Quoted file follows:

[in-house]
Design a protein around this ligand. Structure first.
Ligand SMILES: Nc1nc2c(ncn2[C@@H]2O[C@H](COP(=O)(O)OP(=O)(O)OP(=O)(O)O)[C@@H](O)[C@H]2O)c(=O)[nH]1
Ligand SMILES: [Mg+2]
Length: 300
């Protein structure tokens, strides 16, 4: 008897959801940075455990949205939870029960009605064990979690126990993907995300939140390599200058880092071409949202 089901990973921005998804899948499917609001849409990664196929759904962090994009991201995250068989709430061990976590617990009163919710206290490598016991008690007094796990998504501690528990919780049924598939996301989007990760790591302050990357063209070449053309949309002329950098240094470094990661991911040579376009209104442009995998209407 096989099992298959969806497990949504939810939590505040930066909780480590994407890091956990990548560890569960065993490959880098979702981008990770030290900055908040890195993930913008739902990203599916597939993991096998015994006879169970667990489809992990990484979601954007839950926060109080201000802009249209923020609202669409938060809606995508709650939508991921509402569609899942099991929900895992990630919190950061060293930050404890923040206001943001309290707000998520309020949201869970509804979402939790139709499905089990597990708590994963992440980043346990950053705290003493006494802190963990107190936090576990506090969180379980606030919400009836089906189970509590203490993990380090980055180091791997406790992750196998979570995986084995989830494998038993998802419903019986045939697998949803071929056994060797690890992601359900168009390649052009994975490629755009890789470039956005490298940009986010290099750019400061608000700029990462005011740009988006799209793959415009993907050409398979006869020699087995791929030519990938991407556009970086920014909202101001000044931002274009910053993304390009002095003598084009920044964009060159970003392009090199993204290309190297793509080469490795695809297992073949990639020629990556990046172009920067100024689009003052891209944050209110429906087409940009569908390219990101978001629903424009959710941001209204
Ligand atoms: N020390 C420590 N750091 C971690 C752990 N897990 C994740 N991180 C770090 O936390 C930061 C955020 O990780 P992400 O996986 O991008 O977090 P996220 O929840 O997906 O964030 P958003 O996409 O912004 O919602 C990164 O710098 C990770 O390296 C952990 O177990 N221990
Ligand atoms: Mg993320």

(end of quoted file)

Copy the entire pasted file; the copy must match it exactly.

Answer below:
[in-house]
Design a protein around this ligand. Structure first.
Ligand SMILES: Nc1nc2c(ncn2[C@@H]2O[C@H](COP(=O)(O)OP(=O)(O)OP(=O)(O)O)[C@@H](O)[C@H]2O)c(=O)[nH]1
Ligand SMILES: [Mg+2]
Length: 300
């Protein structure tokens, strides 16, 4: 008897959801940075455990949205939870029960009605064990979690126990993907995300939140390599200058880092071409949202 089901990973921005998804899948499917609001849409990664196929759904962090994009991201995250068989709430061990976590617990009163919710206290490598016991008690007094796990998504501690528990919780049924598939996301989007990760790591302050990357063209070449053309949309002329950098240094470094990661991911040579376009209104442009995998209407 096989099992298959969806497990949504939810939590505040930066909780480590994407890091956990990548560890569960065993490959880098979702981008990770030290900055908040890195993930913008739902990203599916597939993991096998015994006879169970667990489809992990990484979601954007839950926060109080201000802009249209923020609202669409938060809606995508709650939508991921509402569609899942099991929900895992990630919190950061060293930050404890923040206001943001309290707000998520309020949201869970509804979402939790139709499905089990597990708590994963992440980043346990950053705290003493006494802190963990107190936090576990506090969180379980606030919400009836089906189970509590203490993990380090980055180091791997406790992750196998979570995986084995989830494998038993998802419903019986045939697998949803071929056994060797690890992601359900168009390649052009994975490629755009890789470039956005490298940009986010290099750019400061608000700029990462005011740009988006799209793959415009993907050409398979006869020699087995791929030519990938991407556009970086920014909202101001000044931002274009910053993304390009002095003598084009920044964009060159970003392009090199993204290309190297793509080469490795695809297992073949990639020629990556990046172009920067100024689009003052891209944050209110429906087409940009569908390219990101978001629903424009959710941001209204
Ligand atoms: N020390 C420590 N750091 C971690 C752990 N897990 C994740 N991180 C770090 O936390 C930061 C955020 O990780 P992400 O996986 O991008 O977090 P996220 O929840 O997906 O964030 P958003 O996409 O912004 O919602 C990164 O710098 C990770 O390296 C952990 O177990 N221990
Ligand atoms: Mg993320």